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Pelican Hill debuts its own olive oil

Falling olives from the resort's trees eventually led to a partnership with a Temecula grower to aid the process.

October 25, 2010|By Joanna Clay

NEWPORT COAST — The Resort at Pelican Hill celebrated the first harvest of its olive trees Friday by pressing some organic virgin olive oil that it hopes to use in the resort kitchen and as bottled gifts for guests.

The Newport Beach resort is dotted with 750 olive trees of Manzanillo and Sevillano varieties, the latter of which were raised in Northern California. The majority are around 40 years old, but the Sevillanos, of which Pelican Hill has 25, date back 100 years.

Mike Ahmer, the resort's landscape manager, noticed fallen olives on the resort grounds and wondered what to do with them.

"The olives were falling on our pavers and making a mess," Ahmer said. "I thought maybe we could find someone to pick them."

Ahmer then called Thom Curry, co-owner of Temecula Olive Oil Co., with a barrel full of questions, needing to know everything from how to make olive oil to tips on pruning and pest management. As Ahmer described the resort's situation, they realized that working together might be the best solution.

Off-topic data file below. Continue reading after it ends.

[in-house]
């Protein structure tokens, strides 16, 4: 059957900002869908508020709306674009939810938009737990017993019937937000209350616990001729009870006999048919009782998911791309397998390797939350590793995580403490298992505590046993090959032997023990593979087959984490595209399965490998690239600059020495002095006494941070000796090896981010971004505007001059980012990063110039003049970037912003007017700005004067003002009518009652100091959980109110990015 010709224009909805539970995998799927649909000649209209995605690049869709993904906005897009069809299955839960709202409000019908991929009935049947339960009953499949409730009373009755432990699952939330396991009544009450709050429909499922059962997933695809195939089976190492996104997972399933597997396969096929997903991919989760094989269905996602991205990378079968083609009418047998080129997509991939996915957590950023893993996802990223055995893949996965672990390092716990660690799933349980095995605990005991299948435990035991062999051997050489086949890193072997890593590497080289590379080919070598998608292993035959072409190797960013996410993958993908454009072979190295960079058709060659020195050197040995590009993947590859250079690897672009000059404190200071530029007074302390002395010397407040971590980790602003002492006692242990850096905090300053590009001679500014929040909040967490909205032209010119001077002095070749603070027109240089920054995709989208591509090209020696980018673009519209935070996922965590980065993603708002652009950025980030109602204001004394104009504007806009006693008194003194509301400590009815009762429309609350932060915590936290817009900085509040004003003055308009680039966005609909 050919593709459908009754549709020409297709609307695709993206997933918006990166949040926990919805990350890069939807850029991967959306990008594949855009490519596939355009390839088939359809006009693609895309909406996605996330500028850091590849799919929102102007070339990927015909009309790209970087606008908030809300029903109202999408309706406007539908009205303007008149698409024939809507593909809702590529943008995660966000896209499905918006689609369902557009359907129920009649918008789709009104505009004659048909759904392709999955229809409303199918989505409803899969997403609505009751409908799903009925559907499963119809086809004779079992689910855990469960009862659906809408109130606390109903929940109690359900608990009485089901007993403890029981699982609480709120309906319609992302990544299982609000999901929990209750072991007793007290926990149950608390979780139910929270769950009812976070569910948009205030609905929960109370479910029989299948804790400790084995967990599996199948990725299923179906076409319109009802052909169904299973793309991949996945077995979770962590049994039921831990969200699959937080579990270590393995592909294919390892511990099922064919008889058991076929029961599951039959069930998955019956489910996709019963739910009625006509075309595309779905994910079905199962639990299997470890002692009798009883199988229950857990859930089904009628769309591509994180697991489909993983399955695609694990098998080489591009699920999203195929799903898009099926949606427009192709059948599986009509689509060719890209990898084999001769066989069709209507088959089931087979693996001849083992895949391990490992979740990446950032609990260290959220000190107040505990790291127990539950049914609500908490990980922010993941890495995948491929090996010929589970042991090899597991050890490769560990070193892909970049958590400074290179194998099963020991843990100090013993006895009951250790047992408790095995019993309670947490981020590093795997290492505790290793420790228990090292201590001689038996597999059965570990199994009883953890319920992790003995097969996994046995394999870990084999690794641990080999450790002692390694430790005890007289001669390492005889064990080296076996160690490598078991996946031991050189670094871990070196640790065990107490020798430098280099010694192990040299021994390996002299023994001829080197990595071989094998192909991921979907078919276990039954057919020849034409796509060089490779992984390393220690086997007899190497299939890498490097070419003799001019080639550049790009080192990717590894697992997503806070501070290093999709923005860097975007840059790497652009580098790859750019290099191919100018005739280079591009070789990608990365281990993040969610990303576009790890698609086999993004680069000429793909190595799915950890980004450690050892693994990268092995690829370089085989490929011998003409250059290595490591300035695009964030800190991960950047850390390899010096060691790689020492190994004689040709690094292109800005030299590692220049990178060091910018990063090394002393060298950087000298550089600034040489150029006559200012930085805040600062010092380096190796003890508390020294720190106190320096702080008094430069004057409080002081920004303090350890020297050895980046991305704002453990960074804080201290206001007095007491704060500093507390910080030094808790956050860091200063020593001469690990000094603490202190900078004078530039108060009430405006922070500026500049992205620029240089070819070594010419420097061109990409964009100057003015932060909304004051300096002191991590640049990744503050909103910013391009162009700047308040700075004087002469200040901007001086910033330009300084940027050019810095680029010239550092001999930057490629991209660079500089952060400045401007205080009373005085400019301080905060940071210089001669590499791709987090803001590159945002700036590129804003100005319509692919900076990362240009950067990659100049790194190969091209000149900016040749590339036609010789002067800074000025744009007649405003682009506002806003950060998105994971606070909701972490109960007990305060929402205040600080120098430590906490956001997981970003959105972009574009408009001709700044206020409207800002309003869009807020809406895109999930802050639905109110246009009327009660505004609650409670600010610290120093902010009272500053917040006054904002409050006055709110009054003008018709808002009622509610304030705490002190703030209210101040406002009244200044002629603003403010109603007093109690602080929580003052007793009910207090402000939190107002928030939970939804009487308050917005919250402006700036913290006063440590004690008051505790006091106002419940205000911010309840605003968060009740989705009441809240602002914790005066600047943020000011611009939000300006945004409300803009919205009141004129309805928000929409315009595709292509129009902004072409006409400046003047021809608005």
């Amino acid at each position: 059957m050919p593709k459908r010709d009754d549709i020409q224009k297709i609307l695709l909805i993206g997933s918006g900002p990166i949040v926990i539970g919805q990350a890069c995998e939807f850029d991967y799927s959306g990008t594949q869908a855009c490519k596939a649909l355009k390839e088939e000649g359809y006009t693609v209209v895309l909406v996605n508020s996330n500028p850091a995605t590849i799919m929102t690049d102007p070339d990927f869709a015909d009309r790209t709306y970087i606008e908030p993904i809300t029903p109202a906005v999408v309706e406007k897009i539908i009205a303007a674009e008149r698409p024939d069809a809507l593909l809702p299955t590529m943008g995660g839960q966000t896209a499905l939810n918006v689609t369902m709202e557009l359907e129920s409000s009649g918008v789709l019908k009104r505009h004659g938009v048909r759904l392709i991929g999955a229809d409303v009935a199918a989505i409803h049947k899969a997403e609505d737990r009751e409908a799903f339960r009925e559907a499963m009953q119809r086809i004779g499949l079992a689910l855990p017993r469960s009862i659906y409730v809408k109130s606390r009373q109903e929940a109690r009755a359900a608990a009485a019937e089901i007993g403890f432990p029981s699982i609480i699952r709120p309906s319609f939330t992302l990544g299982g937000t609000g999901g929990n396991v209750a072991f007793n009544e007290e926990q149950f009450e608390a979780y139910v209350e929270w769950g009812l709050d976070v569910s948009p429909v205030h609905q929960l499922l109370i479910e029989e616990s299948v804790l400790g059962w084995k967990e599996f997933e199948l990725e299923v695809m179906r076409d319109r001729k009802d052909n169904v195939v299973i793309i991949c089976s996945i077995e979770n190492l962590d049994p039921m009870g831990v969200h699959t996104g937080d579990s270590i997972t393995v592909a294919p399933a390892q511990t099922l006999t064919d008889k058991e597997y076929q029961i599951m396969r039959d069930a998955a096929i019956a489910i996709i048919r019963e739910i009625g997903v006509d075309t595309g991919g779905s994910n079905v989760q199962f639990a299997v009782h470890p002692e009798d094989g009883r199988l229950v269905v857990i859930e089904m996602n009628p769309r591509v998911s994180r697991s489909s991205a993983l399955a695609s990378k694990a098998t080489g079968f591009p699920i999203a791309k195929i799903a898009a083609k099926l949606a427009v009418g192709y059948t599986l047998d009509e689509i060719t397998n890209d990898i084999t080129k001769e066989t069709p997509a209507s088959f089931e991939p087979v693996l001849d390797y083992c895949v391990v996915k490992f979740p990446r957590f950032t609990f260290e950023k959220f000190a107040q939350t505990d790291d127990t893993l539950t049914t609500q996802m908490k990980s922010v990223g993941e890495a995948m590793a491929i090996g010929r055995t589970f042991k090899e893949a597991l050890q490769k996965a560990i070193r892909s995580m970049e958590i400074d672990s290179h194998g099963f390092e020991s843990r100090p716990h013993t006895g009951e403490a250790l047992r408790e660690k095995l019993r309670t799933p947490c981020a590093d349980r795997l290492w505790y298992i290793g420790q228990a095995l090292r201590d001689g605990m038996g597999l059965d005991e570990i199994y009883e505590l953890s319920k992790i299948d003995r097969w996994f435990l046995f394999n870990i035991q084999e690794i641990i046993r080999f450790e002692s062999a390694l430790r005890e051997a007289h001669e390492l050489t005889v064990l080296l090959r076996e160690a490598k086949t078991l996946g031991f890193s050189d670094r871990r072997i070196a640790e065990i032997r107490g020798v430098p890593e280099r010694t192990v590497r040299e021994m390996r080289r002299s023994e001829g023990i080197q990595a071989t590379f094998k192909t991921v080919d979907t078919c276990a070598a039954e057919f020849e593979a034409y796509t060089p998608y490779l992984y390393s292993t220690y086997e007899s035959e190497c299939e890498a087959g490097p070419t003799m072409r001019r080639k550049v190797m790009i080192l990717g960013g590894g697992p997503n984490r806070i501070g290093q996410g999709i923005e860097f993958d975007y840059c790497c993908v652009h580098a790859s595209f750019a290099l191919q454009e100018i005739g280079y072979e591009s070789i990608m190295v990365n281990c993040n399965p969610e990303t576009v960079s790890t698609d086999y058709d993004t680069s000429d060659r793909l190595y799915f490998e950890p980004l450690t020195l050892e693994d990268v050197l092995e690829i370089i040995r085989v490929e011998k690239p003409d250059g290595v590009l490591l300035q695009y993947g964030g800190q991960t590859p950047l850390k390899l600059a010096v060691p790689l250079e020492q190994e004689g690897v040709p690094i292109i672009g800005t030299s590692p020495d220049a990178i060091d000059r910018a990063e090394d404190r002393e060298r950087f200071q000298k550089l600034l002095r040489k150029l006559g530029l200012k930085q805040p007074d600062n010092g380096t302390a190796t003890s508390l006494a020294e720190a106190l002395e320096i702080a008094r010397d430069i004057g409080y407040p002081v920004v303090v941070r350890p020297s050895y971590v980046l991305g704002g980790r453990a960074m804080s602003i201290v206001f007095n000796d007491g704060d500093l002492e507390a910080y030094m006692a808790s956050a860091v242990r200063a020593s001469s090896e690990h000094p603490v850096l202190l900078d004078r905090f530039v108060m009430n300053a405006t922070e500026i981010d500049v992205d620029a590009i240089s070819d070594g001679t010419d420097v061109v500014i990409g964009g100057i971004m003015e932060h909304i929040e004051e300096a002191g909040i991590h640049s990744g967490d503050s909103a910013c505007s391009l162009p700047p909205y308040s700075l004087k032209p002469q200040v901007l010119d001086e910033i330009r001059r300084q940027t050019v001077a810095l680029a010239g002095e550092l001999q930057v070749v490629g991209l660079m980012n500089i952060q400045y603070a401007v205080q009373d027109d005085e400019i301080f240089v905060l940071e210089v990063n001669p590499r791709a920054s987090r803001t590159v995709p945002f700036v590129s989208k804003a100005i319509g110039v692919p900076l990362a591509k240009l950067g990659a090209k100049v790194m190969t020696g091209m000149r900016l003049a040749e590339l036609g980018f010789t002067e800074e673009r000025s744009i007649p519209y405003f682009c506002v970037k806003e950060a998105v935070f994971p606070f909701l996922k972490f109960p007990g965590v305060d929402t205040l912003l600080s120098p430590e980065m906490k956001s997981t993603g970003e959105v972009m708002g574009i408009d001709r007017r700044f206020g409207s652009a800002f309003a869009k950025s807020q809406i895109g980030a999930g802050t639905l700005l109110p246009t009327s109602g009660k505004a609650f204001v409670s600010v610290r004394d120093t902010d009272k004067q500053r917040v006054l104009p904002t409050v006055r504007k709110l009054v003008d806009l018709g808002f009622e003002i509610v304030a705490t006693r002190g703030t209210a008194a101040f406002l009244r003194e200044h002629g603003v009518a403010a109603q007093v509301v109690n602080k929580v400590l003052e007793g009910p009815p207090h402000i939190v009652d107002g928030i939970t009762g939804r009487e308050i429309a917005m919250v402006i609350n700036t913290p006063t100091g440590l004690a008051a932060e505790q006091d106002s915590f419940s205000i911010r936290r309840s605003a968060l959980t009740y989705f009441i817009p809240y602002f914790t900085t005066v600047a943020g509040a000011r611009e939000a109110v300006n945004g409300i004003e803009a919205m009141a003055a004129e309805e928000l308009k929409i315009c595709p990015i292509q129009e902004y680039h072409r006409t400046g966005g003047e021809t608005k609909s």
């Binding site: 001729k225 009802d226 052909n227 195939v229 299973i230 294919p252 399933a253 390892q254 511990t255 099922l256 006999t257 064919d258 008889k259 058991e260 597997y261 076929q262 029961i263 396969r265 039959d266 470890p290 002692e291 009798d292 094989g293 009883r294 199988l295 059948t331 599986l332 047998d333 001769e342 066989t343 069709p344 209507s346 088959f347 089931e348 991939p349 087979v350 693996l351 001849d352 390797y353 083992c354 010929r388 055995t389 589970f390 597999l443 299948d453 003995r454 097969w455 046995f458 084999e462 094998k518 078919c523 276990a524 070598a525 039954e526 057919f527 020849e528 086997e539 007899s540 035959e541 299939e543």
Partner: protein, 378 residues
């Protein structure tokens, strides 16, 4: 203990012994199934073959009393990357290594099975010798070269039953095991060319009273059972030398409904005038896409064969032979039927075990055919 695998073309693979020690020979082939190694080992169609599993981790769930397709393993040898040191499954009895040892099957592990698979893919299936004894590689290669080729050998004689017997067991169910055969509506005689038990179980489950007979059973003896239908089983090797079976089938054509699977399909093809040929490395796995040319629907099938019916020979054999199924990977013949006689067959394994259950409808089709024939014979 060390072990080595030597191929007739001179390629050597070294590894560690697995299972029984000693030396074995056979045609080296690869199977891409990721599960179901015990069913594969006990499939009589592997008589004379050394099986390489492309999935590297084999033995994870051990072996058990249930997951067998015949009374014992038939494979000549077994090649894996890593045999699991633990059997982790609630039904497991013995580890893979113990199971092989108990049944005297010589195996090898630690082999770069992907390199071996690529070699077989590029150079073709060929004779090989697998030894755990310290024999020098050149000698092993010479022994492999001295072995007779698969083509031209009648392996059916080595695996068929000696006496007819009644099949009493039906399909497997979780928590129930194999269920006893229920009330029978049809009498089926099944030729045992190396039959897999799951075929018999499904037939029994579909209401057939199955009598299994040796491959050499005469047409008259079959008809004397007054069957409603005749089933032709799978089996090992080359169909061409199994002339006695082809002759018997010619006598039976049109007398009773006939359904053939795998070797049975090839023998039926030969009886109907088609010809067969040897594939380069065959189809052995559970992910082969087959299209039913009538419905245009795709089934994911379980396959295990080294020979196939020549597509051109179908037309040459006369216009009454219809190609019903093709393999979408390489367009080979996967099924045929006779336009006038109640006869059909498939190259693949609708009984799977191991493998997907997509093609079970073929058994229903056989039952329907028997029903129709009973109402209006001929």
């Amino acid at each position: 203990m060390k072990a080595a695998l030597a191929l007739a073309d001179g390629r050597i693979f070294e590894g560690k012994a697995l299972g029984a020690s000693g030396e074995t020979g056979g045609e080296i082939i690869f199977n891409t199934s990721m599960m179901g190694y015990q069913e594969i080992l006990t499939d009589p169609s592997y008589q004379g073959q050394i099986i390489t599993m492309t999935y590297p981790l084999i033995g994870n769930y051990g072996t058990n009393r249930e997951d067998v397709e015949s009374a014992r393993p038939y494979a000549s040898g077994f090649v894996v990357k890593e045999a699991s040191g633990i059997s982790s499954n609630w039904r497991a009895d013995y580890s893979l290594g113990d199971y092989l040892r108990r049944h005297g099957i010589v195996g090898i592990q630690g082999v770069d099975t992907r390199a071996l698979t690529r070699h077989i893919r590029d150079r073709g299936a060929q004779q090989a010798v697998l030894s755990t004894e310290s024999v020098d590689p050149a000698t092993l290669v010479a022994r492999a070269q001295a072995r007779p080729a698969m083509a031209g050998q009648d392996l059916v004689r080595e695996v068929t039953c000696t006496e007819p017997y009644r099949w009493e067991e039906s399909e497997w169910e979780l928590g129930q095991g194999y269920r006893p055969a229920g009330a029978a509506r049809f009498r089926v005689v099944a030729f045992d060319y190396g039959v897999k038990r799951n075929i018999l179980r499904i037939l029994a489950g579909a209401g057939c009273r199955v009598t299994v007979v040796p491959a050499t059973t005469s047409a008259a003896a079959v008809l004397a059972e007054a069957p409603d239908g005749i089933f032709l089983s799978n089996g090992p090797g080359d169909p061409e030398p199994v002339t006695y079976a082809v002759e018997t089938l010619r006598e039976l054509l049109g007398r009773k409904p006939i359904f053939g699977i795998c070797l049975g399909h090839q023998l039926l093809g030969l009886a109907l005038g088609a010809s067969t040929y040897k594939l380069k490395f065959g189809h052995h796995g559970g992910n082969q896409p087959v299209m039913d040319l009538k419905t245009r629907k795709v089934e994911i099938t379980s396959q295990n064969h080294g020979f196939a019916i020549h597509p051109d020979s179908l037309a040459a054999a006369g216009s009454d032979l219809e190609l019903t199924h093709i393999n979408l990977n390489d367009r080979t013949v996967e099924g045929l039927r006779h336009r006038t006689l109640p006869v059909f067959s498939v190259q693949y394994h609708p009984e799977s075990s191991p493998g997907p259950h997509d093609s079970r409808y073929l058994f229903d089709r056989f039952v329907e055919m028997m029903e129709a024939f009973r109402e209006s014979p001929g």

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"He got in touch with me to see what we could do to make a nice partnership with the olives," Curry said. "We spent a year getting everything ready for this harvest. This was kind of the culmination of everything."

Old-style pressing machines were on-hand Friday evening to create the first batch of olive oil, which guests got a chance to taste. Curry explained the process to the crowd.

"Sounds like popcorn," Curry joked as he showed off a machine that gently grinds all of the olives.

With the pits still in, the machine hands the byproduct to a mixer, which then extracts the oil from the pulp and produces a pulp paste that looks similar to tapenade. The paste is placed on circular plates, which are then stacked upon a post and pressed. The oil drips through the stacks, flowing into a tube into the separator, where the oil and water are separated.

The final product, which usually is given around three months to sit, was green and cloudy, but nonetheless tasted like the real deal.

Curry said such old-fashioned machines aren't in use much anymore. Mass-produced olive oil companies use much larger ones to supply their quantities. However, he said, it's obvious that it does change the taste.

"This way we can get the freshest, fruitiest oil and capture the Old World style," said Giuseppe Lama, Pelican Hill managing director.

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